A case brought by Fabrizio D’Aloia against Binance Holdings, Poloniex, gate.io, OKX, and Bitkub over allegations that someone was running a fraudulent clone online brokerage has led to a legal precedent that airdropping legal documents via blockchain using NFT, according to a notice released by the U.K. law firm Giambrone & Partners on Tuesday.
D’Aloia claimed to have been tricked into depositing more than 2.1 million Tether and 230,000 USD Coin valued at roughly US$2.33 million into two distinct digital wallets that turned out to be fake. Before he realized he was “a victim of fraudulent conduct” in May, the con artists convinced him to transfer money from his cryptocurrency wallets to trade on the platform under the pretense of being from online brokerage TD Ameritrade via the website tda-finan.com.
On June 24, the High Court of England and Wales authorized D’Aloia to distribute the court documents to people linked to two anonymous digital wallets. This is a historic step against cryptocurrency scammers.
The court also stated that exchanges must ensure that stolen cryptocurrency is neither transferred nor removed from their systems.
This is not the first instance of someone using the blockchain in a lawsuit. According to the legal firms Holland & Knight and Bluestone, the New York Supreme Court granted a restraining order against a hacker via NFT drop in the US$8 million LCX exchange breach case in June.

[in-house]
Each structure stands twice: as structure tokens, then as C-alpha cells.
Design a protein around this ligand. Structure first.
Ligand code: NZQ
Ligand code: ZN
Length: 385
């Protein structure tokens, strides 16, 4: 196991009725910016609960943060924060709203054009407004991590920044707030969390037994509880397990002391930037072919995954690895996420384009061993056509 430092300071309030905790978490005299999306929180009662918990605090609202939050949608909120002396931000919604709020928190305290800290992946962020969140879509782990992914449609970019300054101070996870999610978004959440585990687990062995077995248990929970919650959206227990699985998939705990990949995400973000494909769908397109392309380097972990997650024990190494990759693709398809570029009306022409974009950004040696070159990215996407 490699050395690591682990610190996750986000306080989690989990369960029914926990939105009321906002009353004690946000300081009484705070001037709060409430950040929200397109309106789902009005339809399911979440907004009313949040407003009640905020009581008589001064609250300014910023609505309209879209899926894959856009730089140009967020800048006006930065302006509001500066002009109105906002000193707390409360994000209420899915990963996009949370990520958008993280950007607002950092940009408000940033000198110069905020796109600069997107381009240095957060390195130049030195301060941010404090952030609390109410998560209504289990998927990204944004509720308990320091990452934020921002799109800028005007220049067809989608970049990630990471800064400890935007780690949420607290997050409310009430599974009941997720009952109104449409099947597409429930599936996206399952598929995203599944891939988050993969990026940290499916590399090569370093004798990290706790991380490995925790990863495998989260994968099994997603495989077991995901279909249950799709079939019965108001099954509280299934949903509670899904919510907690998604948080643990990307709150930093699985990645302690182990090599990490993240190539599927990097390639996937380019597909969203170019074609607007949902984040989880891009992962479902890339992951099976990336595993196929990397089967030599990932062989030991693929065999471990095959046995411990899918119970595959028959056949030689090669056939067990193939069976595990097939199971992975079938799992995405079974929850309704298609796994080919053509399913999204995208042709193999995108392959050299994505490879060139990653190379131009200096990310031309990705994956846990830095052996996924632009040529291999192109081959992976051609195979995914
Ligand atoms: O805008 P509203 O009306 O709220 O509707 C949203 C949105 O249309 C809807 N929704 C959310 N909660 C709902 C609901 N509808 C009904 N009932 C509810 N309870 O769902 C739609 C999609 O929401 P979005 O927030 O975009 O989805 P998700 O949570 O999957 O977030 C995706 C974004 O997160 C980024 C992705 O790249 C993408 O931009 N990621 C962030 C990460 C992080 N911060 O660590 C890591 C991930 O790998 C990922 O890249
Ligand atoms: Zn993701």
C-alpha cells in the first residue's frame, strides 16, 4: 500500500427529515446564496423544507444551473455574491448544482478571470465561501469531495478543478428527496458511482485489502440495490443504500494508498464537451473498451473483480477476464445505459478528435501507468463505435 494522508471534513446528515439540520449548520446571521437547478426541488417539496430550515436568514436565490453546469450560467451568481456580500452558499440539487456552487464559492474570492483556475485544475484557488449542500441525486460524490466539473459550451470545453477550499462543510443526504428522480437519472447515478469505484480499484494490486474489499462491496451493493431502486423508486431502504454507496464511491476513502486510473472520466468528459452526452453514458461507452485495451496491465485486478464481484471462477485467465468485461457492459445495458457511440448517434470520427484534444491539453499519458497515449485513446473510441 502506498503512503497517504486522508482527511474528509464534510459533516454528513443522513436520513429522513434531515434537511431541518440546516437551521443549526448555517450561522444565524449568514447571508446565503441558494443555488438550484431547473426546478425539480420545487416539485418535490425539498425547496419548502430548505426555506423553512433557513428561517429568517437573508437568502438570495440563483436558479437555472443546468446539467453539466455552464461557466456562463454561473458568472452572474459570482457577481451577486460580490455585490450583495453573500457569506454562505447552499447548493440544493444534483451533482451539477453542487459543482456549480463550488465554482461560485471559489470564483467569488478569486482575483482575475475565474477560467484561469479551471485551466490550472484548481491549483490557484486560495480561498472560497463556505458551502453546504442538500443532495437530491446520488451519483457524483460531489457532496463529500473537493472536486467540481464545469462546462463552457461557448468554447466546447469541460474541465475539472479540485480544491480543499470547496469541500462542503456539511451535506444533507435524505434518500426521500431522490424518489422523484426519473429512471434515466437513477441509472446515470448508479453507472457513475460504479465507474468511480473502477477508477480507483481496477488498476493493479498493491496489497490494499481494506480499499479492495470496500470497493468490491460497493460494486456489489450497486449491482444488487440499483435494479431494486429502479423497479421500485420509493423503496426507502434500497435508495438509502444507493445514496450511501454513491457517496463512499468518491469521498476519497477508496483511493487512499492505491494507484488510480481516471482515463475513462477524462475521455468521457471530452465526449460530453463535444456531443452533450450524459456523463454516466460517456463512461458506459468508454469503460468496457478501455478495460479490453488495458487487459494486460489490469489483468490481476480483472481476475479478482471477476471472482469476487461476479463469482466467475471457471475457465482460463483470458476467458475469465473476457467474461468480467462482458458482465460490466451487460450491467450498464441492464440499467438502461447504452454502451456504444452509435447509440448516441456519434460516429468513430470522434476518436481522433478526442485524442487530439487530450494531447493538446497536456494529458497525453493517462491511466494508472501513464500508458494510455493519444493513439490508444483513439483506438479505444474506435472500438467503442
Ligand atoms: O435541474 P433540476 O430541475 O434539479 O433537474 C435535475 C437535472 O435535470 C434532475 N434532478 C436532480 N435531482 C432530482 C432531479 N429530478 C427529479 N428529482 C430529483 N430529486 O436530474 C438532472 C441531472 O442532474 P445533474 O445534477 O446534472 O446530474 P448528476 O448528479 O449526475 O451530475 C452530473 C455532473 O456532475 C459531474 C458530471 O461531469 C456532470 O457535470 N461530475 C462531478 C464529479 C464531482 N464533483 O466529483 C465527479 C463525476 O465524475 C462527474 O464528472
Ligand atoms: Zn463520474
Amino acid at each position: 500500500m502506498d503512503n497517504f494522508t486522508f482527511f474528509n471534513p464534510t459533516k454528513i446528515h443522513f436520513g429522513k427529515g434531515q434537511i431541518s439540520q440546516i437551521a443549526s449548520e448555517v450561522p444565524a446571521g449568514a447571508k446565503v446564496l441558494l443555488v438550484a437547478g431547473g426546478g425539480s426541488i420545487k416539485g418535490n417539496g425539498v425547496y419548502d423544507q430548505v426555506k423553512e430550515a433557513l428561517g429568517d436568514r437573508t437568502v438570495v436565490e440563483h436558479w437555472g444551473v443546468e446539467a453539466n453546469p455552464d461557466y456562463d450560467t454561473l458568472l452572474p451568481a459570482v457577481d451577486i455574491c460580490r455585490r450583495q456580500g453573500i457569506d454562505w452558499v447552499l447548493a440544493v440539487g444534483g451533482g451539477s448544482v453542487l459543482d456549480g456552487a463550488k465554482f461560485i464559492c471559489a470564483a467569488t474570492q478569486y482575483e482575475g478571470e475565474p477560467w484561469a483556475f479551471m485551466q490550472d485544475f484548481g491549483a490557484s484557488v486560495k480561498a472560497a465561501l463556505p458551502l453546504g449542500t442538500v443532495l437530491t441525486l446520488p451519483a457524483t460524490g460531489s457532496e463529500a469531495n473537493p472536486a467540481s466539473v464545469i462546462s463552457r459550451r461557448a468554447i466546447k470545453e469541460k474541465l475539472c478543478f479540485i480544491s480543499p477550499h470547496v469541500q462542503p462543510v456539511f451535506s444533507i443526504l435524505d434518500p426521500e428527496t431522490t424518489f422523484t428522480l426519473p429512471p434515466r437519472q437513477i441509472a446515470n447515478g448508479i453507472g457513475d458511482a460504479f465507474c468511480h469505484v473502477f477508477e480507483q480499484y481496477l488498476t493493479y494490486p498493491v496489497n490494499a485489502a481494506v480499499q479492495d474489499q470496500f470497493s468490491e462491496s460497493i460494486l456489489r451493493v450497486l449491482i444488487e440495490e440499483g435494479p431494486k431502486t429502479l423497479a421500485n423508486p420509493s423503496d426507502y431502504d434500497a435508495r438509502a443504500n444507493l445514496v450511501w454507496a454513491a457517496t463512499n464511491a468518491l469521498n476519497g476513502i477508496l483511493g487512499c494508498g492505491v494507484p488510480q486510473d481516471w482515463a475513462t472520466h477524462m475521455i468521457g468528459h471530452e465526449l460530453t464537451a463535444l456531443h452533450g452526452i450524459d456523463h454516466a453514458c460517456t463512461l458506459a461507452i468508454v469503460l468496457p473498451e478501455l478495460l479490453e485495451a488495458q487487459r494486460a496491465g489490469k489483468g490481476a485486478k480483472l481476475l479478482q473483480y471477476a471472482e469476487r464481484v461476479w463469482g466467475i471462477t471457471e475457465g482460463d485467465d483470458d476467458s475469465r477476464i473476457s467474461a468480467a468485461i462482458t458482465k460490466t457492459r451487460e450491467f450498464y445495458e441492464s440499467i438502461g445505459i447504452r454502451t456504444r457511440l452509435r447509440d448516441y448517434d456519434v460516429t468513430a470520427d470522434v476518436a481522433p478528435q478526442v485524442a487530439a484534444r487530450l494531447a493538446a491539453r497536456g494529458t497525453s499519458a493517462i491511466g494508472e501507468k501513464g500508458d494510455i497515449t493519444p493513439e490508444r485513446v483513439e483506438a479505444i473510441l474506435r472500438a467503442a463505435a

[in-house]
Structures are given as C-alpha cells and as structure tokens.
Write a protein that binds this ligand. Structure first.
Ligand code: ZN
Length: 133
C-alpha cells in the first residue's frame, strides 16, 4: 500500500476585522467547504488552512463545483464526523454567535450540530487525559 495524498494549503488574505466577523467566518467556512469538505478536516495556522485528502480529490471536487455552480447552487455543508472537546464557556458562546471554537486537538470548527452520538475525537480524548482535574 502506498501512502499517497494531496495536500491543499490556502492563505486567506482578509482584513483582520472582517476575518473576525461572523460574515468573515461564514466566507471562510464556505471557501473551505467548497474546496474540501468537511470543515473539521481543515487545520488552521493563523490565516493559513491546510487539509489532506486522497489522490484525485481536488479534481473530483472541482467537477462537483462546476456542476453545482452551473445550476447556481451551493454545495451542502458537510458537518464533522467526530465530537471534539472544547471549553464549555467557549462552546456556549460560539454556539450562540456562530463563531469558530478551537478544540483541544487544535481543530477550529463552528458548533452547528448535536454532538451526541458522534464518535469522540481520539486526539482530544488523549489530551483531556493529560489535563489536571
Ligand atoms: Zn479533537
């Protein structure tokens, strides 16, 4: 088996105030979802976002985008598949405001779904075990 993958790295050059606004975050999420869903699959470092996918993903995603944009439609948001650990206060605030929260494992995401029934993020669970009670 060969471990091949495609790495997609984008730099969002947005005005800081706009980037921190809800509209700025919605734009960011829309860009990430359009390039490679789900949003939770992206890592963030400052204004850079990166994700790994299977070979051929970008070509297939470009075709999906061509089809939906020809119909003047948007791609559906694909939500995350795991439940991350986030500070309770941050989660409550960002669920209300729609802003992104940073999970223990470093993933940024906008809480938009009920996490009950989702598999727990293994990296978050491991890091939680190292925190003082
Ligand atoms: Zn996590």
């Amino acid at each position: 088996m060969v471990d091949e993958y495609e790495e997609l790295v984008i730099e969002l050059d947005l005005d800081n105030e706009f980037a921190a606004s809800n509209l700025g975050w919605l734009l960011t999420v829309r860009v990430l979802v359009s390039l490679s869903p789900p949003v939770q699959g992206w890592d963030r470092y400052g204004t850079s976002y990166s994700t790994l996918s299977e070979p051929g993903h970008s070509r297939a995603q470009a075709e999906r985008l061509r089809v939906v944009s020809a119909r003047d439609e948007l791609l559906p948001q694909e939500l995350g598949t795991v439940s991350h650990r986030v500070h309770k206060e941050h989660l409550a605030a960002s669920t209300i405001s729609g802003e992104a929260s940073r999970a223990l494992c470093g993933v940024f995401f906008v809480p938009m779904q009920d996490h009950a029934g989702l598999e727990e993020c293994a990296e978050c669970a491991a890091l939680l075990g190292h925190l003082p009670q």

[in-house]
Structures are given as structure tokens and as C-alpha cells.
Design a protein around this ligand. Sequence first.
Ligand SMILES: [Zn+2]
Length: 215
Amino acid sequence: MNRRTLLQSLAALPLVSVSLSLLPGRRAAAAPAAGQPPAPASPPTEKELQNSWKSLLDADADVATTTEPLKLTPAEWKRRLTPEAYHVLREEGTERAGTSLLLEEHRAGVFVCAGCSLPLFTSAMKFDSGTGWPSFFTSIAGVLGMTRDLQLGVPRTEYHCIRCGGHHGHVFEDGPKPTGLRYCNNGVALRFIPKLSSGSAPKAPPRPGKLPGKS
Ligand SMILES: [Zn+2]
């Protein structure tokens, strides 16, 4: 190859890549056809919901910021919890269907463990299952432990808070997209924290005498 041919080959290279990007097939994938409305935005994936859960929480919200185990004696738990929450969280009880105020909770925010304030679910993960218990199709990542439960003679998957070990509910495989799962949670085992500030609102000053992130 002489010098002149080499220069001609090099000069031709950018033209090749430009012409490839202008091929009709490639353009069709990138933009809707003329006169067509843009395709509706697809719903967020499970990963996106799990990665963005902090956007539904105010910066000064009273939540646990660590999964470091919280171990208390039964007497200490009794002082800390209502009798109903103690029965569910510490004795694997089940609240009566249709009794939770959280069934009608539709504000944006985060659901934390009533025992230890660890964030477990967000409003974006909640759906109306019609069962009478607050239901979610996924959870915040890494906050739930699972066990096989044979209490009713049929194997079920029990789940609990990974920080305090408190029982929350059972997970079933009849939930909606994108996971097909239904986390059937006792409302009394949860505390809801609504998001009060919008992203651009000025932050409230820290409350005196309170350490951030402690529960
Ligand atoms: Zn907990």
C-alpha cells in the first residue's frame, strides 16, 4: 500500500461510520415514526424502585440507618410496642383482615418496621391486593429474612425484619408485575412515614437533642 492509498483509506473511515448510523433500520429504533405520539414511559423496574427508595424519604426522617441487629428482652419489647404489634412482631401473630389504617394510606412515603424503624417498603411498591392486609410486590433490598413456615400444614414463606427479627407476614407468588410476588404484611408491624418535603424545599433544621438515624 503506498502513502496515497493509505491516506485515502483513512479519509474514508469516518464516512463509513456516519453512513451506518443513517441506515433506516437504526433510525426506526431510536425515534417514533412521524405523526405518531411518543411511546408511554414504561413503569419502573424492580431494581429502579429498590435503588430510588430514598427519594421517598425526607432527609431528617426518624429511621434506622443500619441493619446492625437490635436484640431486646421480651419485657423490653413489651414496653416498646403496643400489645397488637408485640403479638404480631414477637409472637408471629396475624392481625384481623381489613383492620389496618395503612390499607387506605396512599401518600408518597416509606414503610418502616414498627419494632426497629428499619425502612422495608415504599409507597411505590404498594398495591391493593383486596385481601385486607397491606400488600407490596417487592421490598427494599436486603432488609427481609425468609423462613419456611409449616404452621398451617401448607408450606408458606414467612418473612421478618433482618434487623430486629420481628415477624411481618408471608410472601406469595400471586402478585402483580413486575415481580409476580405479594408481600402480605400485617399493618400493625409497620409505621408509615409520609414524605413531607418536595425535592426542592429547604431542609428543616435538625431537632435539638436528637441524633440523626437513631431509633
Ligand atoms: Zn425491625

The LCX or Liechtenstein Cryptoassets Exchange is a Liechtenstein-based cryptocurrency exchange that was hacked in January. At the time, it was reported that the hackers compromised the exchange’s hot wallets, leading to the theft of many digital currencies, including Ether (ETH) and USD Coin (USDC).
According to Giambrone & Partners, who represented D’Aloia, the ruling is a welcome example of a court embracing new technology. It is also a noteworthy verdict because it shows that England and Wales is one of the greatest jurisdictions in the world, if not the best, for safeguarding victims of crypto asset theft.
An NFT is a unique blockchain-based digital asset. It is cryptographically validated, meaning the creator or author is authenticated within an irrevocable digital record. An NFT could be anything that exists on a machine, from art to a video clip to a music sample.
When a creator creates an NFT, all other copies of the artwork become its copies. As a result, the economic value of the NFT is connected to the blockchain that confirms the legitimacy of the work rather than the job itself. NFTs, like bitcoin or ether, have instrumental but not inherent value. However, thanks to increased adoption and endorsement from celebrities and large corporations, NFTs have gained much traction over the past year.
The U.K. government revealed intentions to create its own NFT earlier this year to establish itself as a “global leader” in the cryptocurrency industry. The government-owned Royal Mint, which is in charge of producing coins for the United Kingdom, has been instructed to develop and issue the NFT by the summer, according to Finance Minister Rishi Sunak.